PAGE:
Credit Risk - Customer does not have sufficient funds for the outgoing wire* Synctera operates on a "good funds" model for outgoing wires - customers must have sufficient funds to initiate a wire and funds are set aside as soon as the customer initiates the transaction

    Additional BSA/AML Compliance

    While your risk to financial loss is primarily driven by outgoing wires, it is your duty to understand why your customers may be sending or receiving large dollar wires as part of BSA/AML rules and regulations.

    Wires can be used as a tool to hide money laundering due to the speed of transfer and the ability to not provide detail on the source of funds for incoming wires. For example, John Smith is laundering his funds through real estate. John buys a house for $100,000 in January and then sells it for $95,000 in February at a loss as his only goal is to make the funds clean. Other examples are car sales, shipping of empty containers, and trade-based money laundering. Money launderers can use wires in these scenarios to "clean" the funds.

    Large wire transfers can often trigger AML alerts requiring further investigation and knowledge of your customer in line with CDD and EDD requirements. Oftentimes, you will need to know the following for large wire transfers:

    • Purpose of the transfer - Examples of this may include a personal transfer, remittance transfer, business transaction / vendor payment, investment, real estate purchase
    • Relationship between sender and receiver - Dependent on the purpose of the transfer, it is important to understand who the other party is in the transaction whether that is a sender or a beneficiary
    • Supporting evidence or documentation - This may include invoices, receipts, or proof of purchase supporting the large transaction

    In addition, OFAC/sanctions screening will be conducted on senders and beneficiaries.

    International wires require additional information being provided to the bank and sanctions / OFAC checks due to the increased risk of money laundering / terrorist financing. This is also known as the FINCEN 'travel rule'. Generally, wire transfers that exceed $3,000 (or foreign currency equivalent) and involve an international sender or recipient are subject to the travel rule. As a result, enabling international wire transfers requires bank approval and additional AML compliance controls.

    Wire Authorization

    Outgoing wires require the customer to provide authorization. Gathering, recording, and retaining payment authorization is an important component of reducing liability.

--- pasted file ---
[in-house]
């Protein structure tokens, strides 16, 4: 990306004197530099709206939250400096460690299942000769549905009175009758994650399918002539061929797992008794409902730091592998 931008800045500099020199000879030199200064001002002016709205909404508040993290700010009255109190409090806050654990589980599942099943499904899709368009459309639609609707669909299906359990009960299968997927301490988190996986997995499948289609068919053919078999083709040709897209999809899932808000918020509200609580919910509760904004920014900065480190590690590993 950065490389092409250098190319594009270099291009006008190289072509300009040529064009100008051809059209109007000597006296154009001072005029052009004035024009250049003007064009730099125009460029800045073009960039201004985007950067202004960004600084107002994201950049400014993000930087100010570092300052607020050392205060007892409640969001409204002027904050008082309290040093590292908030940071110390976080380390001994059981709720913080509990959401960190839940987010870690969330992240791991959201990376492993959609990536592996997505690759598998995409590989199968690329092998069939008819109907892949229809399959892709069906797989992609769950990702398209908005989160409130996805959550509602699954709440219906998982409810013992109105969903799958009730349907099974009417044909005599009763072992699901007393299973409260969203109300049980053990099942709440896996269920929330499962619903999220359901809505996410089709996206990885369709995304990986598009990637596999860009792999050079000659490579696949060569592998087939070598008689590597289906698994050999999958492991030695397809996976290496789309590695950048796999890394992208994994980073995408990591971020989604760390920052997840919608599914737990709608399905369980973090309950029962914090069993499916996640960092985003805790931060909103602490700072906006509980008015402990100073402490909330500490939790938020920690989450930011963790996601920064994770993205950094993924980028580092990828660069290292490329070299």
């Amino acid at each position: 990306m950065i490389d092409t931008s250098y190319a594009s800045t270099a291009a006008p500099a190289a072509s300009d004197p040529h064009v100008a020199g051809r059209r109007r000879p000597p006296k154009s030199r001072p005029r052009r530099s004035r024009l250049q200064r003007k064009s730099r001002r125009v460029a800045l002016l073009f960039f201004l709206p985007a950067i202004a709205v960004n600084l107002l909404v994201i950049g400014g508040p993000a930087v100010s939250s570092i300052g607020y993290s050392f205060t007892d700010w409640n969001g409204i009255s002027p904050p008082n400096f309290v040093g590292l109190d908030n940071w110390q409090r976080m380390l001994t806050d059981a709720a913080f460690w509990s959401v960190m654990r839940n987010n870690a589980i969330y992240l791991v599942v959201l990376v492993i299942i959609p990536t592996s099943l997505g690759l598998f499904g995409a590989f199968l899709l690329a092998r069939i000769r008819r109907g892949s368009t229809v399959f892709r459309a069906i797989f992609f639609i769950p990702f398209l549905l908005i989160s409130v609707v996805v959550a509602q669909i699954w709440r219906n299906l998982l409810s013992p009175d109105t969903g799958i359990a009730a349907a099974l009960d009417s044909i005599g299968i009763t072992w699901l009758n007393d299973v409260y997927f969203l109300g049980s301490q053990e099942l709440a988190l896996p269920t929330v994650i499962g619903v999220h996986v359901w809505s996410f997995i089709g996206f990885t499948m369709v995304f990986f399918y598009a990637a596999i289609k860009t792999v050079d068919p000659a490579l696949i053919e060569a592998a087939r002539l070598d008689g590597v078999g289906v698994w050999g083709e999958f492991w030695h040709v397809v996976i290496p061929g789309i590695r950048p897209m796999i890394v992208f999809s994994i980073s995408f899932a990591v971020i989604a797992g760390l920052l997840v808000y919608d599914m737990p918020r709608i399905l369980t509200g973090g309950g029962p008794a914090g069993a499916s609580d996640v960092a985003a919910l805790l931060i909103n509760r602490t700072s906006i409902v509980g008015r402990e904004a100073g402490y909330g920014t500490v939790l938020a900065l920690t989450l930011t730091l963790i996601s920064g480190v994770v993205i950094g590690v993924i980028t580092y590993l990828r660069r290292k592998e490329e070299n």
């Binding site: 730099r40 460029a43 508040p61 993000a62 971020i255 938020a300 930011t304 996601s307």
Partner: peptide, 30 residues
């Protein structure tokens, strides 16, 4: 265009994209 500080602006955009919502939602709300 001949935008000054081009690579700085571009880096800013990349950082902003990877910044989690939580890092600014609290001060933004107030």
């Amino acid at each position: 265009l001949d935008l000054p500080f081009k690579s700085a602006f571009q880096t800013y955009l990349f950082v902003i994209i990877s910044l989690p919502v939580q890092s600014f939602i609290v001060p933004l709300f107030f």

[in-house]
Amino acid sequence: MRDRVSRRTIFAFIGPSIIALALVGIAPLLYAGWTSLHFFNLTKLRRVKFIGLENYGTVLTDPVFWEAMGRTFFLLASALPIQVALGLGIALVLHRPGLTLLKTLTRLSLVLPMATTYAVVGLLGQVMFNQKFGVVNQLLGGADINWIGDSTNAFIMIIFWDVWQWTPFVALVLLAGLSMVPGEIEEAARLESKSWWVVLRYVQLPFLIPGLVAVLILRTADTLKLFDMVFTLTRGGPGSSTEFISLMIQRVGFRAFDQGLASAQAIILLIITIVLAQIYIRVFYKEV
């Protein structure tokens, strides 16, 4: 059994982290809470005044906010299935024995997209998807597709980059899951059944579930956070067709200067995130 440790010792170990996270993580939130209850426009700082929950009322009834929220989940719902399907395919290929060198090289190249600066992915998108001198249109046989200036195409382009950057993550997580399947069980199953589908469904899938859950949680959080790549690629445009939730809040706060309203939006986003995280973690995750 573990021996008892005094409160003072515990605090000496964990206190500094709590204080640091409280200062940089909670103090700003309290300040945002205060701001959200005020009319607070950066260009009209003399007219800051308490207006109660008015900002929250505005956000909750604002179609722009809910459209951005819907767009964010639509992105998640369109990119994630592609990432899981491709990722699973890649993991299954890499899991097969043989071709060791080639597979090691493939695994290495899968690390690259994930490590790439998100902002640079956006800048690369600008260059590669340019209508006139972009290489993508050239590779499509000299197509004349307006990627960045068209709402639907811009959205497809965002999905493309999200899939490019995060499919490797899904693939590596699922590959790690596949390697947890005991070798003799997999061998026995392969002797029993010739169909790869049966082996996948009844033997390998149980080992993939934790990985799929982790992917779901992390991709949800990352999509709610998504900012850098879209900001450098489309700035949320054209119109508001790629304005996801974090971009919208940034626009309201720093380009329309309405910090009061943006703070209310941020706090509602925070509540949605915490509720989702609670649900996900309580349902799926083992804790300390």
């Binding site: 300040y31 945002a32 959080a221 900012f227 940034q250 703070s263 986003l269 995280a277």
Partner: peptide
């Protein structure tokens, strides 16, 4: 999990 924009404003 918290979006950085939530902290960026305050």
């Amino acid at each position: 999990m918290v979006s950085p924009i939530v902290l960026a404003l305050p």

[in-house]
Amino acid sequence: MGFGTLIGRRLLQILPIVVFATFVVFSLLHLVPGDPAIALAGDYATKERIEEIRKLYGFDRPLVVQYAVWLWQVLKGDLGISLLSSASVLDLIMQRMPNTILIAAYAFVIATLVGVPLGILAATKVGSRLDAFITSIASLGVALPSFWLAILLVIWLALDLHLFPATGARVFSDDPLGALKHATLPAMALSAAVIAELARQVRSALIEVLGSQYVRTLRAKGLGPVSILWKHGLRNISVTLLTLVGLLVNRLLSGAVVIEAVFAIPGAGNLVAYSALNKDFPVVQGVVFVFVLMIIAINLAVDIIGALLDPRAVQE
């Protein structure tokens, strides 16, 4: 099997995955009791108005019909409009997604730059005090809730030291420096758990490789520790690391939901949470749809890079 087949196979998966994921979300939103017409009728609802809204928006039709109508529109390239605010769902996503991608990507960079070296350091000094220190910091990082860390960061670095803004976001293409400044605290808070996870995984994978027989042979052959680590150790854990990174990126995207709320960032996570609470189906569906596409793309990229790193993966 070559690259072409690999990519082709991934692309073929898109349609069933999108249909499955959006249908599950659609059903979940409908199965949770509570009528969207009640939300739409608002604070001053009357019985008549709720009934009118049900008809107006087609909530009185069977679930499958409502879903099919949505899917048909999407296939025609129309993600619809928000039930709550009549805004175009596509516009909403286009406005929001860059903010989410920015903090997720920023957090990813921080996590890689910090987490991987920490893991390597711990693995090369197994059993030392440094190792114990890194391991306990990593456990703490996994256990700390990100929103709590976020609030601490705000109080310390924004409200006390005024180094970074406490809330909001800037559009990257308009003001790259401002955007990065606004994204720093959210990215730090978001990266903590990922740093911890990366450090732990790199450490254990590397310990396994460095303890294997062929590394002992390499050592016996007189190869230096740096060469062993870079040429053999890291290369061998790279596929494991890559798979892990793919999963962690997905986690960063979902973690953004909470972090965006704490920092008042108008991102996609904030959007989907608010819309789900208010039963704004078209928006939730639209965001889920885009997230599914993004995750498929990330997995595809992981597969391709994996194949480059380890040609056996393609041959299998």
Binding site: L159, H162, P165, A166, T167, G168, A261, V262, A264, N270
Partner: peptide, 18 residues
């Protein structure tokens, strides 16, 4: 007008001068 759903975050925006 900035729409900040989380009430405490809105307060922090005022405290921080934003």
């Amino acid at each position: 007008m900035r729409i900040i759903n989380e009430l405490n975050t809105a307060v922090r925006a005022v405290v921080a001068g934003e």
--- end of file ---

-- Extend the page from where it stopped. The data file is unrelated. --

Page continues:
Authorization includes the following general items. However, your Sponsor Bank may have more detailed requirements on authorization and disclosures.

    • Explicit Authorization: The language must clearly indicate that the account holder authorizes the outgoing wire transaction from their account.

      • Example: "I (or we) hereby authorize [Company Name] to initiate a wire transfer to [Checking/Savings] account at [Bank Name], Account Number [xxxxxx]"
    • Specific Transaction Details: Include details about the transaction including the amount and the timing regarding the transaction (subject to cut-off times set by your Sponsor Bank). As part of the authorization include:

      • Customer information - name, account number
      • Beneficiary information - name, bank name, bank address, account number, routing number
      • Transaction details - amount, currency, date of transfer
      • Any additional fees or charges associated with the transaction
    • Bank and Account Identification: Clearly state the bank name and account / routing number for confirmation. Incorrect account and routing numbers will result in rejected transactions.

    • Processing Time and Cut-offs: State the cut-off times for wire transfers and that the transfer may be initiated the following business day if after the cut-off time.

    • Disclaimer on Amendments and Cancellations: Remind the account holder that any amendment or cancellation of the wire must be done before it is processed.

      • Example: I/We understand that requests to amend or cancel the wire transfer must be received before the transfer is processed. [Company Name] is not liable for any inability to stop or retrieve a wire transfer once processed."
    • Signature Requirement: For electronic authorizations, ensure compliance with the Electronic Signatures in Global and National Commerce Act (E-Sign Act).

    Security Procedures

    It is expected that you have commercially reasonable security controls in place to ensure your customer has truly authorized the transaction. This includes having minimal 2FA confirmation as an example. These procedures should be outlined in your wire agreement with your customer and may be dictated by your Sponsor Bank.